By Sourcing Journal
This article was originally published in Sourcing Journal October 19, 2020. We are sharing because it highlights software that could help industry newcomers understand and embrace on-demand manufacturing. Purchase Activated Apparel Technology (PAAT), Gerber Technology, and Spoonflower contributed to the software’s development.
As the fashion industry faces a reckoning for its wasteful ways, the concept of creating products to meet consumer demand is picking up traction.
Now, Alabama apparel manufacturer OnPoint Manufacturing has pioneered what it hopes will be a solution for many of the industry’s upstarts and burgeoning designers looking to develop their businesses while curbing overproduction.
According to OnPoint CEO Kirby Best, the company and its partners have been quietly crafting a digital portal that makes its Purchase Activated Apparel Technology (PAAT) software accessible to customers who might be new to the on-demand manufacturing game—or the fashion world more broadly.
Eloise.Fashion is an all-in-one virtual platform that gives designers and brands access to all the tools and applications they need to create, manufacture and sell their garments. “We call it a super-SaaS model,” Best said, referring to software-as-a-service technology that is licensed and accessed through the web. “This is one step beyond, where you don’t pay for the software until you make something with it.”
Best believes the concept will resonate with industry newcomers because they can access the platform’s benefits on a “pay as you produce” basis while they go through the design process. Many entrepreneurs—especially recent fashion school grads—can’t afford to buy into pricy programs to craft their collections, much less pay for piles of inventory without seeing proof of concept.
Best consulted with the heads of Belmont University’s design school, Parsons School of Design and the Fashion Institute of Technology as he fleshed out the software’s capabilities. As students leave the comfortable cocoon of the academic world, he said, it can be hard for them to find their footing. “Many of the graduates don’t make careers in the business because there are so many hurdles they face in starting their own lines,” he added.
OnPoint worked closely with strategic partner Gerber Technology, a provider of digital textile manufacturing solutions, to develop the platform. Users can navigate the production process through the online portal, and when a product they’ve designed sells, it’s manufactured and fulfilled. Only then does Eloise.Fashion pull a fee from the proceeds of the sale to pay for access to the technology, which is used to create, produce, distribute and sell the garment.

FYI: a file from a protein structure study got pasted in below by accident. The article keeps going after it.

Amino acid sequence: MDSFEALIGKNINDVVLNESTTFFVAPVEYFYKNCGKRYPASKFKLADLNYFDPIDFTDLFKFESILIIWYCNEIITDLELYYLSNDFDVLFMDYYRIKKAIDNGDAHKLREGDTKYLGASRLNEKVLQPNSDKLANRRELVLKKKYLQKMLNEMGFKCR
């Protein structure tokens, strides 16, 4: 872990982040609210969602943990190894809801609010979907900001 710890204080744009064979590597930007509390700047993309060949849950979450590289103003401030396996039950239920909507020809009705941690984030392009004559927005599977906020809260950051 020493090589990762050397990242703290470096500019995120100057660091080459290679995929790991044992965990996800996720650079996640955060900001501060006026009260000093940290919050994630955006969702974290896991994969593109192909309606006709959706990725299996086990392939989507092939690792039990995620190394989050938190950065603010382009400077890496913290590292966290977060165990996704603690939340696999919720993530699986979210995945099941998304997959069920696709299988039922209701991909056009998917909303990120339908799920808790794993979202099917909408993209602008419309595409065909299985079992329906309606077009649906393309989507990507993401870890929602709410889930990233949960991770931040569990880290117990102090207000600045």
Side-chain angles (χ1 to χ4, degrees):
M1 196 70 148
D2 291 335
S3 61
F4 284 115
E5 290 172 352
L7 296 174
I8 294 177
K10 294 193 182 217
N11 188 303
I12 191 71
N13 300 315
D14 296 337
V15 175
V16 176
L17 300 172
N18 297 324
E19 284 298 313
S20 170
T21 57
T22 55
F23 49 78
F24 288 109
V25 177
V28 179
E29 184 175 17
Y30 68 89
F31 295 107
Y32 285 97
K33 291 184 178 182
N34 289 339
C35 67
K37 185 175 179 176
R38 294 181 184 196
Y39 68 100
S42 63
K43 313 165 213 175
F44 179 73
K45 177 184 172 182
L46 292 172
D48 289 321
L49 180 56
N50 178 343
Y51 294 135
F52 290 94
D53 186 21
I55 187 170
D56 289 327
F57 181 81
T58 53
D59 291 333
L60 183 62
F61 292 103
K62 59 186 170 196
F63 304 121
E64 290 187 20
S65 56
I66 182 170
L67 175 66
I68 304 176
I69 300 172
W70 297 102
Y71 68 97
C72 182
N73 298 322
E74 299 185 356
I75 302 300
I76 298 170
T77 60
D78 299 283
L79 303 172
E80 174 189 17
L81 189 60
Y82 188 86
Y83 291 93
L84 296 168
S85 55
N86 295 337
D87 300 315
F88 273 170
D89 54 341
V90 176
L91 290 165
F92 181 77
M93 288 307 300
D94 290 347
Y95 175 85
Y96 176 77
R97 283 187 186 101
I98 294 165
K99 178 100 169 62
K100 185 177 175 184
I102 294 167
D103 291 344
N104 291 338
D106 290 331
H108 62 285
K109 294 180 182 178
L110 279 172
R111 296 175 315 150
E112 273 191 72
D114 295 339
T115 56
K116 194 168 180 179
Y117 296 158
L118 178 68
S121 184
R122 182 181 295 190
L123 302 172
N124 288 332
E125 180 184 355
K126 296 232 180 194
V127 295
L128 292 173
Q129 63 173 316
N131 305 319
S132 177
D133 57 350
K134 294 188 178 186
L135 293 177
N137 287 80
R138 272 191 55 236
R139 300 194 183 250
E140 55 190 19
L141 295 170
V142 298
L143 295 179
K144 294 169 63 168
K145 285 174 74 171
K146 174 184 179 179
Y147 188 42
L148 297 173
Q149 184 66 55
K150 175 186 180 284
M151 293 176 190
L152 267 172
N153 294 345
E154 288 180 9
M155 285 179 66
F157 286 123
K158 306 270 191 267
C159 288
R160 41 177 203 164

“Covid-19 has only accelerated the trends towards e-commerce and the need for a digitally-connected, agile apparel supply chain,” said Karsten Newbury, chief strategy and digital officer of Gerber Technology. “Together with PAAT, we are now making it possible for all designers, small and large, to quickly and efficiently design, develop and then produce products on demand, with MOQs as low as one.”
Best characterized Gerber as the project’s white knight, as it has lent its backend capabilities to the project. And rather than limiting production to OnPoint’s capabilities, Best has called upon some of the country’s leading on-demand shops and service providers to act as founding partners, providing designers with access to other apparel categories.
“We wanted this to be a digital hub,” Best said. “I couldn’t call it a marketplace if OnPoint was the only one on it.”
Ventura, Calif.-based digital knitting technology company Nimbly has signed onto the effort, giving brands access to factories that produce knitwear. The company boasts a virtual network of knitting machines in factories across the globe, ensuring convenient access for brands based basically anywhere.
“I’m never going to get into the knitted side, and they’re never going to get into the woven side, so we said, ‘This is a match made in heaven,’” Best said.
Spoonflower, a Durham, N.C.-based firm that specializes in on-demand digital textile printing, will also lend its talents to designers via Eloise.Fashion. The company allows them to design and print their own custom patterns, with the capacity for limited yardage and the creation of one-off products.
“These two companies are forward-thinking and super environmentally conscious,” Best said. “They are at the top of their games, and I thought, ‘Let’s bring some superstars into this.’”
OnPoint has also been working with Amazon-owned Fabric.com, Best said, which carries more than 100,000 types of material and sells in quantities as small as one yard. The company, which provides overnight delivery, has been a life-saver for OnPoint, Best said. “We can’t carry that much fabric at one time, or store it for that matter,” he added. Instead, the manufacturer keeps to its on-demand philosophy by only sourcing the materials that its clients actually need.
“There are so many bright people in this industry, who are like-minded and who want to solve things,” Best said. Eloise.Fashion is slated to launch on Nov. 17, and brands, designers and students are encouraged to register on the platform so they can be among the first to explore its capabilities upon launch.